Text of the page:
Measuring Success

Dear Reader,

I saw this article in Harvard Magazine. It summarizes some research which basically says that children who are in small kindergarten classes with good teachers see benefits even into adulthood. Apparently, earlier studies showed benefits which seems to peter out in middle school. But new evidence shows that while this seems true, the benefits appear again later in life. The study’s authors attribute this not to specific academic skills but to the social and life skills the students learned from their kindergarten teachers. This includes things like how to study, manners and discipline.

I have a couple of thoughts based on this article. The first is that it need not alarm us homeschoolers. It compares children in one kind of kindergarten versus another and says nothing about those who are home-schooled or attend no kindergarten. I would think that a diligent, involved homeschooling parent would produce similar results. Certainly the small class size is there. I guess there should be encouragement here to not stress the academics too much in the early years but to make sure to teach manners, discipline and life skills early on as well.

The biggest thing that struck me, though, was how they measured success. It is financial. The study found that each student in an excellent class earned $1000 more per year on average. I understand that money is an easily measurable thing. I don’t know how else the study would have measured success. But it is not my measure of success. There is a lot more that I want for my kids as they grow into adulthood than a particular income level. And I think that often studies are this way. They measure something and tell you its value, but you have to wonder what they are really measuring and why. For example. we often hear the dread news that women still in this day and age earn less than men. But I always wonder if the women care. Undoubtedly some do. But for the majority, are they unhappier than men because they earn less? Or do they recognize that they have made choices, trade-offs that have put them where they are today? And maybe even though there is less money they are happy with those trade-offs.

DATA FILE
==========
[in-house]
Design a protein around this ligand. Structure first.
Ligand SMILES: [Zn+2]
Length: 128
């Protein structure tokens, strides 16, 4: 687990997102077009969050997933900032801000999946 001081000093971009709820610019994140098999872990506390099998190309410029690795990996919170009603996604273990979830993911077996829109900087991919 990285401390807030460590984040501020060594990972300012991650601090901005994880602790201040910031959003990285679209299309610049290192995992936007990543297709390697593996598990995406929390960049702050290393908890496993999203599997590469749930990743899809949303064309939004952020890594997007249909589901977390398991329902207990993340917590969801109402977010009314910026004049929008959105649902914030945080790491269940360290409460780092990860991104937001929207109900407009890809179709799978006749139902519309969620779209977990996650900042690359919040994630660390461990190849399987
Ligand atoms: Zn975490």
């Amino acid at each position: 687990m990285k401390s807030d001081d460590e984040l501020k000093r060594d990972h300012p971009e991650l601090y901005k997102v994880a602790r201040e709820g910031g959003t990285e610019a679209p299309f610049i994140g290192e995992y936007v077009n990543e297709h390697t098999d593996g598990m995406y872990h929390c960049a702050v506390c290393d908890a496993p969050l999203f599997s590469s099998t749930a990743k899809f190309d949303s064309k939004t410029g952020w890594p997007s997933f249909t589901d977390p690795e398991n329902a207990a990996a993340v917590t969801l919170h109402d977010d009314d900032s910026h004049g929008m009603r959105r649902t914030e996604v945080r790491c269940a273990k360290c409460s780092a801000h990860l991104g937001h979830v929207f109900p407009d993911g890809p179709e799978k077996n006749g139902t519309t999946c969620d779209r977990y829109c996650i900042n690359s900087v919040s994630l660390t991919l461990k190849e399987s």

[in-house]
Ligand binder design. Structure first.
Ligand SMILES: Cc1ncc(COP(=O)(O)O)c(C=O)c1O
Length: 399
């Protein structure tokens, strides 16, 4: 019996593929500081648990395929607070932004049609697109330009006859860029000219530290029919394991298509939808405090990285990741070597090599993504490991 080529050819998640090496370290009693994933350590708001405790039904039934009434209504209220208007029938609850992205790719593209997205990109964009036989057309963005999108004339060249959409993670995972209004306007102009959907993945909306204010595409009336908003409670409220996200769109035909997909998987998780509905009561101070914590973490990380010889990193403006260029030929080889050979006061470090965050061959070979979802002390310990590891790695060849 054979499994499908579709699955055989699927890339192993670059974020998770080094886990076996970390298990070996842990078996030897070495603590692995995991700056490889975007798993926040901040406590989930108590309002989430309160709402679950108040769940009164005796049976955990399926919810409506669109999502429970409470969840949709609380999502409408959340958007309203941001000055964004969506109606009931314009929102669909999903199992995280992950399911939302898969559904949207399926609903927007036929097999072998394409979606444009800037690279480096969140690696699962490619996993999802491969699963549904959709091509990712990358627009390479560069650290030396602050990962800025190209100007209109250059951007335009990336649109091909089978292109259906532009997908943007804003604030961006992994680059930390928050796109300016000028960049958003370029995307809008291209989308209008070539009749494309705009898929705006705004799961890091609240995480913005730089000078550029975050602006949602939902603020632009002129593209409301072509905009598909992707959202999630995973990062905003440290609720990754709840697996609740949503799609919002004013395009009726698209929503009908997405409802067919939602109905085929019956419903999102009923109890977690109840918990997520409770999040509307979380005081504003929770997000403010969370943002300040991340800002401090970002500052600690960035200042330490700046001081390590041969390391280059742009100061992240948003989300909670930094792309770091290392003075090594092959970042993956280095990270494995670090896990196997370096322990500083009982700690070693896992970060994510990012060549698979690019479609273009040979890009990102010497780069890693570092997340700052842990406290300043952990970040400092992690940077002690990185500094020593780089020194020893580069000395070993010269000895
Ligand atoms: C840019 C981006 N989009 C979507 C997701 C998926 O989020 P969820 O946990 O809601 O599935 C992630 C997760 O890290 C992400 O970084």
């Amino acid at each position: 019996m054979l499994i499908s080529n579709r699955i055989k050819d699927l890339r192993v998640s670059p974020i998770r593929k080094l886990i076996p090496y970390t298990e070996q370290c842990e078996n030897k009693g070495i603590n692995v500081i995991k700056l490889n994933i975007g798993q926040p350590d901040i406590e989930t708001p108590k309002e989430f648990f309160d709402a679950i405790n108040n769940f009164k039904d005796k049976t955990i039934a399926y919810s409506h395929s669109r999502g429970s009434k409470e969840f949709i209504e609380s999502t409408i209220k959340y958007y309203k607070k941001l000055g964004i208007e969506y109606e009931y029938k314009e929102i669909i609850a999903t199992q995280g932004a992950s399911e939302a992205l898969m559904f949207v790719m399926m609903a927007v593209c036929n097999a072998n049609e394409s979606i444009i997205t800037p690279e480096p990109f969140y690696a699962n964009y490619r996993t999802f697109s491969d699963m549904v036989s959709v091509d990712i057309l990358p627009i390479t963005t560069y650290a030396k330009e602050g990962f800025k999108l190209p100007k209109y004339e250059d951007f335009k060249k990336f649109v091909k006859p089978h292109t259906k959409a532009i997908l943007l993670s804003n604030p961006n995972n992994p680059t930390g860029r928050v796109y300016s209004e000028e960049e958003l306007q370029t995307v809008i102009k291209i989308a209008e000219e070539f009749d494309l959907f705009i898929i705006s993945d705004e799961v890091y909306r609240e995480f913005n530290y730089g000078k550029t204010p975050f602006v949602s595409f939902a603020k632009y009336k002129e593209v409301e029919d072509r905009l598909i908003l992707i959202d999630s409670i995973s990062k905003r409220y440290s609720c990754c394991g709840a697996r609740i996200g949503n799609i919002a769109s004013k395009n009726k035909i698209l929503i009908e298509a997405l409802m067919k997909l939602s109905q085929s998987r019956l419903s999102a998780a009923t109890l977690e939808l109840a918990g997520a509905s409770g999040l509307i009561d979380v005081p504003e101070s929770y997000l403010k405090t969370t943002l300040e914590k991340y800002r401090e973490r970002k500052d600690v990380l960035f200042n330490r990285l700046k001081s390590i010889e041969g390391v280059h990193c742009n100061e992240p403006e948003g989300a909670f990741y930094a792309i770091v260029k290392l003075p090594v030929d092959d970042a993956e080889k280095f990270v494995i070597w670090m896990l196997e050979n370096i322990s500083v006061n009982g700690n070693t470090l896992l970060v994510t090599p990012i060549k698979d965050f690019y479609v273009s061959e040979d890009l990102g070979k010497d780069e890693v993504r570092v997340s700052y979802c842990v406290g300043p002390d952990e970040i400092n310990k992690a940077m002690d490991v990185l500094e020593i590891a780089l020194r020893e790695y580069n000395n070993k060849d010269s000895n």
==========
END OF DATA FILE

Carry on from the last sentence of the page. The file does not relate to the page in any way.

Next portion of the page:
Even happiness though is not the criteria we should be using. Our society is built upon the pursuit of happiness. But this is not God’s goal for us. His goal for us is holiness. How do we measure that? It can be seen in outward actions, but I don’t believe it can be measured that way. Good deeds can be done for right or wrong reasons so our outward observance of them tells us very little about the state of another’s heart. I guess the real answer is that since we cannot see into another’s heart, we cannot measure holiness or love for God and neighbor in it. And so we cannot measure true success. So we fall back on things we can measure like happiness and wealth and even good deeds.

Nebby

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